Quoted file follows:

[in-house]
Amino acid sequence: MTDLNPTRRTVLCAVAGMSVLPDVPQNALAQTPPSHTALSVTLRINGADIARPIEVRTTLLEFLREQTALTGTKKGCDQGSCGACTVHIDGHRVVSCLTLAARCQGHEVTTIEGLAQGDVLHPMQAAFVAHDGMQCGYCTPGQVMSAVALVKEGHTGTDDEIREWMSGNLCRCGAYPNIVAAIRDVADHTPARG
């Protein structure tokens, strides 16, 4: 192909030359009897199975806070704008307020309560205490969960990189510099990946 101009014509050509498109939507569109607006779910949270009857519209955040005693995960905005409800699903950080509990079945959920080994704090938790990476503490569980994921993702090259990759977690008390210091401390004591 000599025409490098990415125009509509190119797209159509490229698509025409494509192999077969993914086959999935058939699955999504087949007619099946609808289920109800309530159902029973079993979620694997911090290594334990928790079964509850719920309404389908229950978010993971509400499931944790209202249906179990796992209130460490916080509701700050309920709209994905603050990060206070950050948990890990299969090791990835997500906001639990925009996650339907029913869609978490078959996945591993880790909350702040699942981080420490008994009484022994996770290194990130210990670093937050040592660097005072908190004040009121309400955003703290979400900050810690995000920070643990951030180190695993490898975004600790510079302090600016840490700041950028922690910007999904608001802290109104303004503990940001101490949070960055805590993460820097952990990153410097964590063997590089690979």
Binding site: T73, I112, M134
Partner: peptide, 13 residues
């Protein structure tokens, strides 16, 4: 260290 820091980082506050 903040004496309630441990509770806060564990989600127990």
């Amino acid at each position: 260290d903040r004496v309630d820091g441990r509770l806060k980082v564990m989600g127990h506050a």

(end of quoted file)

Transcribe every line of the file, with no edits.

[in-house]
Amino acid sequence: MTDLNPTRRTVLCAVAGMSVLPDVPQNALAQTPPSHTALSVTLRINGADIARPIEVRTTLLEFLREQTALTGTKKGCDQGSCGACTVHIDGHRVVSCLTLAARCQGHEVTTIEGLAQGDVLHPMQAAFVAHDGMQCGYCTPGQVMSAVALVKEGHTGTDDEIREWMSGNLCRCGAYPNIVAAIRDVADHTPARG
């Protein structure tokens, strides 16, 4: 192909030359009897199975806070704008307020309560205490969960990189510099990946 101009014509050509498109939507569109607006779910949270009857519209955040005693995960905005409800699903950080509990079945959920080994704090938790990476503490569980994921993702090259990759977690008390210091401390004591 000599025409490098990415125009509509190119797209159509490229698509025409494509192999077969993914086959999935058939699955999504087949007619099946609808289920109800309530159902029973079993979620694997911090290594334990928790079964509850719920309404389908229950978010993971509400499931944790209202249906179990796992209130460490916080509701700050309920709209994905603050990060206070950050948990890990299969090791990835997500906001639990925009996650339907029913869609978490078959996945591993880790909350702040699942981080420490008994009484022994996770290194990130210990670093937050040592660097005072908190004040009121309400955003703290979400900050810690995000920070643990951030180190695993490898975004600790510079302090600016840490700041950028922690910007999904608001802290109104303004503990940001101490949070960055805590993460820097952990990153410097964590063997590089690979």
Binding site: T73, I112, M134
Partner: peptide, 13 residues
């Protein structure tokens, strides 16, 4: 260290 820091980082506050 903040004496309630441990509770806060564990989600127990």
């Amino acid at each position: 260290d903040r004496v309630d820091g441990r509770l806060k980082v564990m989600g127990h506050a």